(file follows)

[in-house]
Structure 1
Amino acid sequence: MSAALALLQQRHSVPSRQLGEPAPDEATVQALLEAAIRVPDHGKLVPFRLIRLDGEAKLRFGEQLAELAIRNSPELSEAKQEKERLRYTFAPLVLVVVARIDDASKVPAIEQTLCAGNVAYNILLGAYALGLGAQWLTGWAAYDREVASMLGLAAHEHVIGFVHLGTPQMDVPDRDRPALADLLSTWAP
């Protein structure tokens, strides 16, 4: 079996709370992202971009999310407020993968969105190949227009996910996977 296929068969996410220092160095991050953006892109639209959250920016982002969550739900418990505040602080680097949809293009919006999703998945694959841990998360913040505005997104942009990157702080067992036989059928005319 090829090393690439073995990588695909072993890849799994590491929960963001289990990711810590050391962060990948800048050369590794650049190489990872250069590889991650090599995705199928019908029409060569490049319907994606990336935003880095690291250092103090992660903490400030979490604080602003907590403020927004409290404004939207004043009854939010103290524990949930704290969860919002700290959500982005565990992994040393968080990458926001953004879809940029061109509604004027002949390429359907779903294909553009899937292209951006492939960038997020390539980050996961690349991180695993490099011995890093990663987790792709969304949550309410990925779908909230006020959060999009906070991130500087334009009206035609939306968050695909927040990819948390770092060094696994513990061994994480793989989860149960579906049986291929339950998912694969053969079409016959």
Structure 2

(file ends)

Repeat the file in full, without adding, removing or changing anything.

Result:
[in-house]
Structure 1
Amino acid sequence: MSAALALLQQRHSVPSRQLGEPAPDEATVQALLEAAIRVPDHGKLVPFRLIRLDGEAKLRFGEQLAELAIRNSPELSEAKQEKERLRYTFAPLVLVVVARIDDASKVPAIEQTLCAGNVAYNILLGAYALGLGAQWLTGWAAYDREVASMLGLAAHEHVIGFVHLGTPQMDVPDRDRPALADLLSTWAP
């Protein structure tokens, strides 16, 4: 079996709370992202971009999310407020993968969105190949227009996910996977 296929068969996410220092160095991050953006892109639209959250920016982002969550739900418990505040602080680097949809293009919006999703998945694959841990998360913040505005997104942009990157702080067992036989059928005319 090829090393690439073995990588695909072993890849799994590491929960963001289990990711810590050391962060990948800048050369590794650049190489990872250069590889991650090599995705199928019908029409060569490049319907994606990336935003880095690291250092103090992660903490400030979490604080602003907590403020927004409290404004939207004043009854939010103290524990949930704290969860919002700290959500982005565990992994040393968080990458926001953004879809940029061109509604004027002949390429359907779903294909553009899937292209951006492939960038997020390539980050996961690349991180695993490099011995890093990663987790792709969304949550309410990925779908909230006020959060999009906070991130500087334009009206035609939306968050695909927040990819948390770092060094696994513990061994994480793989989860149960579906049986291929339950998912694969053969079409016959």
Structure 2